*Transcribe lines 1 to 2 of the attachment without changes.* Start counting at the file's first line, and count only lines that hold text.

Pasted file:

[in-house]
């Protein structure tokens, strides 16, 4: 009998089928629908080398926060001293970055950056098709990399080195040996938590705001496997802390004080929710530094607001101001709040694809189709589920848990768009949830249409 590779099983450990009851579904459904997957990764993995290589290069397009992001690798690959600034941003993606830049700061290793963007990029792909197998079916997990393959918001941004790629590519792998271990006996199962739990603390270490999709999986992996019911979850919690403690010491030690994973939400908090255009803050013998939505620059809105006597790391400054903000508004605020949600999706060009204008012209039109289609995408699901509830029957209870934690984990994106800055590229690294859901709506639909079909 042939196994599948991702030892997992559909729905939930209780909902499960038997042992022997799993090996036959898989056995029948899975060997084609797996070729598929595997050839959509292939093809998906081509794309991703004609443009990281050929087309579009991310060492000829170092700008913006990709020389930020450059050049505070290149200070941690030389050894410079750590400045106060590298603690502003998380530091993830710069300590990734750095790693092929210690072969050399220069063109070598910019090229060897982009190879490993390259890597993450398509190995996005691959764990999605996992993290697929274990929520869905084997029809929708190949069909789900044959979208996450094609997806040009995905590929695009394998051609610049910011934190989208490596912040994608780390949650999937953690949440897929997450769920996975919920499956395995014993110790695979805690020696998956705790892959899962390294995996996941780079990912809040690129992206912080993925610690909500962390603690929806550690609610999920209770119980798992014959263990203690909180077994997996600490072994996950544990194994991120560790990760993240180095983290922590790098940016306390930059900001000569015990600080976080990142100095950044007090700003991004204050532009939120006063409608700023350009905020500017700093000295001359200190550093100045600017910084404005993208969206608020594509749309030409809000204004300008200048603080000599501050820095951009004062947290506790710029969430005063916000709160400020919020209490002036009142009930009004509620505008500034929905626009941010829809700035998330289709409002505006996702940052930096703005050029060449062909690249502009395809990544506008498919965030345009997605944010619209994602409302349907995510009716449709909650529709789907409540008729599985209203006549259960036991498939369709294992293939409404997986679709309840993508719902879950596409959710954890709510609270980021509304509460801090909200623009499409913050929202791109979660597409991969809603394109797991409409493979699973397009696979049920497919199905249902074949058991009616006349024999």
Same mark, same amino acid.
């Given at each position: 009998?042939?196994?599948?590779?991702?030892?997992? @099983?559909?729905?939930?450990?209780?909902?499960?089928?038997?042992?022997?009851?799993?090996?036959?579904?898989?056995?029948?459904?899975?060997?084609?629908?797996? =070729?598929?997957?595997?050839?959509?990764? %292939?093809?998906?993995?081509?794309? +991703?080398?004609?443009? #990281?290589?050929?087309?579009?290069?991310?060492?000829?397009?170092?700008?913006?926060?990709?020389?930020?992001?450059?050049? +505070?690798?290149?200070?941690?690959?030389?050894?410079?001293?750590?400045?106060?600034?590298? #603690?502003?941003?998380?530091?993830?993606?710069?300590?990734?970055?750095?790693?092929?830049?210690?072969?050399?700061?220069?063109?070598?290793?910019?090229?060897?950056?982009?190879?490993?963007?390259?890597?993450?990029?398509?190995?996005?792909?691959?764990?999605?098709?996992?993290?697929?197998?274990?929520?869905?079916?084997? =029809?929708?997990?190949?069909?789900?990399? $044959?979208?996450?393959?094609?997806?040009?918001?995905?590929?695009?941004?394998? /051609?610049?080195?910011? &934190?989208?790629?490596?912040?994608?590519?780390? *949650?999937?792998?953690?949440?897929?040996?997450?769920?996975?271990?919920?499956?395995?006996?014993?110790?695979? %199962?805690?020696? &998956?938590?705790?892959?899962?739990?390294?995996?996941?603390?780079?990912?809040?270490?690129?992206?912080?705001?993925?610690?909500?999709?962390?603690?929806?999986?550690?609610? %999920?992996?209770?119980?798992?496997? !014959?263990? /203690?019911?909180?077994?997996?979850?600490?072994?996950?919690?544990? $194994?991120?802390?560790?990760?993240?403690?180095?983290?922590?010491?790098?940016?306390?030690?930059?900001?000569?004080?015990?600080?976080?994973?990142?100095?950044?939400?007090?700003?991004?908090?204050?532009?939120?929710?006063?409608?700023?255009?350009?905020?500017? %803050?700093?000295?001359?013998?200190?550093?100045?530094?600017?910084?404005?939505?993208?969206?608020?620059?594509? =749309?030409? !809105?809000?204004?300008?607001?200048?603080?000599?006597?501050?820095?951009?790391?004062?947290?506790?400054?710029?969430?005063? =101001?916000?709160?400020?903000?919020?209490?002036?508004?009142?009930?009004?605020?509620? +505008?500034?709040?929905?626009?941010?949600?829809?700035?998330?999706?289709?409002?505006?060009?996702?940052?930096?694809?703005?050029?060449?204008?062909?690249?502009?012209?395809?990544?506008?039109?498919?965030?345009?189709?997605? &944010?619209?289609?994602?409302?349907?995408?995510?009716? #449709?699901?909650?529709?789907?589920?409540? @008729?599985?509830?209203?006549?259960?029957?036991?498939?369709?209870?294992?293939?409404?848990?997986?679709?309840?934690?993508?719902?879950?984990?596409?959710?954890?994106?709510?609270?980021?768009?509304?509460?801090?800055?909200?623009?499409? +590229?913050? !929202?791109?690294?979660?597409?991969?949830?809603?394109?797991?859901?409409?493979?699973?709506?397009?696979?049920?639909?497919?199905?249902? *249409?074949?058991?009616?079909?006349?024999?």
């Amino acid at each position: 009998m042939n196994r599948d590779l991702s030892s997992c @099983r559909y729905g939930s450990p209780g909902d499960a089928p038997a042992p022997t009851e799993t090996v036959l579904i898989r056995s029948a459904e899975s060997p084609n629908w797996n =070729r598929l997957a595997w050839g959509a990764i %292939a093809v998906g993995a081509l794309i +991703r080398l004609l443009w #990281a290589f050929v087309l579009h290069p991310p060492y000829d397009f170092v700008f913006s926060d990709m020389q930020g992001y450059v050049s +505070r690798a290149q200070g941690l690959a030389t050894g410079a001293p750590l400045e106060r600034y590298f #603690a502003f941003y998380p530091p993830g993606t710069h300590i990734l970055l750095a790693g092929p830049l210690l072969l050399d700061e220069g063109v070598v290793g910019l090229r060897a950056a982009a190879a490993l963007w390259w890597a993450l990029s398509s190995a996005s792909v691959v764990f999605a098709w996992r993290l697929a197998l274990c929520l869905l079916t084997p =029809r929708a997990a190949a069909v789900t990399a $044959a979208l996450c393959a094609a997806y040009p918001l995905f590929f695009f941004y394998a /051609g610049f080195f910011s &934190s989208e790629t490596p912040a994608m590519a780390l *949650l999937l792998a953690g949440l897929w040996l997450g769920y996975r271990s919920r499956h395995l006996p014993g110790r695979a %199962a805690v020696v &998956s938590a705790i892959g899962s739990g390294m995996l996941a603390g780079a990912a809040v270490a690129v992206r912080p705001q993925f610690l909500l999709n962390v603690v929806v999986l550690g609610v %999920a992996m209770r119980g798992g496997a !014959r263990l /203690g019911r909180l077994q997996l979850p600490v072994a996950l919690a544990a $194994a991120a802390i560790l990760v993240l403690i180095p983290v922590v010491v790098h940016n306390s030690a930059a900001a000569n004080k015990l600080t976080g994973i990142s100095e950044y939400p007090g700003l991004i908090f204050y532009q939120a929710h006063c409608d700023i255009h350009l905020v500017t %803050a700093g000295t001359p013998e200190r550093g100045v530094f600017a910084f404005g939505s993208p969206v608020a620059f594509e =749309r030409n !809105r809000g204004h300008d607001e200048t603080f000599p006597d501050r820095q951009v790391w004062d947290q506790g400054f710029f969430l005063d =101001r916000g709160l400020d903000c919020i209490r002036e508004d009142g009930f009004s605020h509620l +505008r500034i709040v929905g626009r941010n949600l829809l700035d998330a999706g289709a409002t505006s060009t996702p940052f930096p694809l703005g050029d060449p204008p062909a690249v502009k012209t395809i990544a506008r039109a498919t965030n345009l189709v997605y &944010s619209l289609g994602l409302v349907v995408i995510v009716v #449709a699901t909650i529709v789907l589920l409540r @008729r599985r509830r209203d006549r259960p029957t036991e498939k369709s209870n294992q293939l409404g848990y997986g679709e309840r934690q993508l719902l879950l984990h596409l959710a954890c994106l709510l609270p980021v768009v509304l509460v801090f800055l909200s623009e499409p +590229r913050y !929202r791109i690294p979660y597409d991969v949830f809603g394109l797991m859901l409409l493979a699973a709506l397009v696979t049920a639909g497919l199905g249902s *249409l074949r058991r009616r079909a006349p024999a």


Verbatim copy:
[in-house]
């Protein structure tokens, strides 16, 4: 009998089928629908080398926060001293970055950056098709990399080195040996938590705001496997802390004080929710530094607001101001709040694809189709589920848990768009949830249409 590779099983450990009851579904459904997957990764993995290589290069397009992001690798690959600034941003993606830049700061290793963007990029792909197998079916997990393959918001941004790629590519792998271990006996199962739990603390270490999709999986992996019911979850919690403690010491030690994973939400908090255009803050013998939505620059809105006597790391400054903000508004605020949600999706060009204008012209039109289609995408699901509830029957209870934690984990994106800055590229690294859901709506639909079909 042939196994599948991702030892997992559909729905939930209780909902499960038997042992022997799993090996036959898989056995029948899975060997084609797996070729598929595997050839959509292939093809998906081509794309991703004609443009990281050929087309579009991310060492000829170092700008913006990709020389930020450059050049505070290149200070941690030389050894410079750590400045106060590298603690502003998380530091993830710069300590990734750095790693092929210690072969050399220069063109070598910019090229060897982009190879490993390259890597993450398509190995996005691959764990999605996992993290697929274990929520869905084997029809929708190949069909789900044959979208996450094609997806040009995905590929695009394998051609610049910011934190989208490596912040994608780390949650999937953690949440897929997450769920996975919920499956395995014993110790695979805690020696998956705790892959899962390294995996996941780079990912809040690129992206912080993925610690909500962390603690929806550690609610999920209770119980798992014959263990203690909180077994997996600490072994996950544990194994991120560790990760993240180095983290922590790098940016306390930059900001000569015990600080976080990142100095950044007090700003991004204050532009939120006063409608700023350009905020500017700093000295001359200190550093100045600017910084404005993208969206608020594509749309030409809000204004300008200048603080000599501050820095951009004062947290506790710029969430005063916000709160400020919020209490002036009142009930009004509620505008500034929905626009941010829809700035998330289709409002505006996702940052930096703005050029060449062909690249502009395809990544506008498919965030345009997605944010619209994602409302349907995510009716449709909650529709789907409540008729599985209203006549259960036991498939369709294992293939409404997986679709309840993508719902879950596409959710954890709510609270980021509304509460801090909200623009499409913050929202791109979660597409991969809603394109797991409409493979699973397009696979049920497919199905249902074949058991009616006349024999």